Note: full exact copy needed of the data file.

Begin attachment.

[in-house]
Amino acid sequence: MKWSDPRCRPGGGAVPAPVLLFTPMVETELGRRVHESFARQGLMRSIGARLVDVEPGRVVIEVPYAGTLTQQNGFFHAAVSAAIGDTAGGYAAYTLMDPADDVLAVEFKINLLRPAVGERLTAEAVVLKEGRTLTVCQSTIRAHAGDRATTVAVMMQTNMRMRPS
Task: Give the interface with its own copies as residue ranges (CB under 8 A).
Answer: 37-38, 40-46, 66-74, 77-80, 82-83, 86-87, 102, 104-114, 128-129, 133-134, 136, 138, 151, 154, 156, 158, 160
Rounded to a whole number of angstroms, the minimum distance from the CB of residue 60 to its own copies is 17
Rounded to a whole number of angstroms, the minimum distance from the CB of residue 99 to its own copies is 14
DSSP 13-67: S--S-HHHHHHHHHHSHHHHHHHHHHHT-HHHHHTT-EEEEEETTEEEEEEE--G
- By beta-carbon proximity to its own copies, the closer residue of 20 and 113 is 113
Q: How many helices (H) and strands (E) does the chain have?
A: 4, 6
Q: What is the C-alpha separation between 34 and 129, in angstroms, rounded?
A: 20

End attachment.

[in-house]
Amino acid sequence: MKWSDPRCRPGGGAVPAPVLLFTPMVETELGRRVHESFARQGLMRSIGARLVDVEPGRVVIEVPYAGTLTQQNGFFHAAVSAAIGDTAGGYAAYTLMDPADDVLAVEFKINLLRPAVGERLTAEAVVLKEGRTLTVCQSTIRAHAGDRATTVAVMMQTNMRMRPS
Task: Give the interface with its own copies as residue ranges (CB under 8 A).
Answer: 37-38, 40-46, 66-74, 77-80, 82-83, 86-87, 102, 104-114, 128-129, 133-134, 136, 138, 151, 154, 156, 158, 160
Rounded to a whole number of angstroms, the minimum distance from the CB of residue 60 to its own copies is 17
Rounded to a whole number of angstroms, the minimum distance from the CB of residue 99 to its own copies is 14
DSSP 13-67: S--S-HHHHHHHHHHSHHHHHHHHHHHT-HHHHHTT-EEEEEETTEEEEEEE--G
- By beta-carbon proximity to its own copies, the closer residue of 20 and 113 is 113
Q: How many helices (H) and strands (E) does the chain have?
A: 4, 6
Q: What is the C-alpha separation between 34 and 129, in angstroms, rounded?
A: 20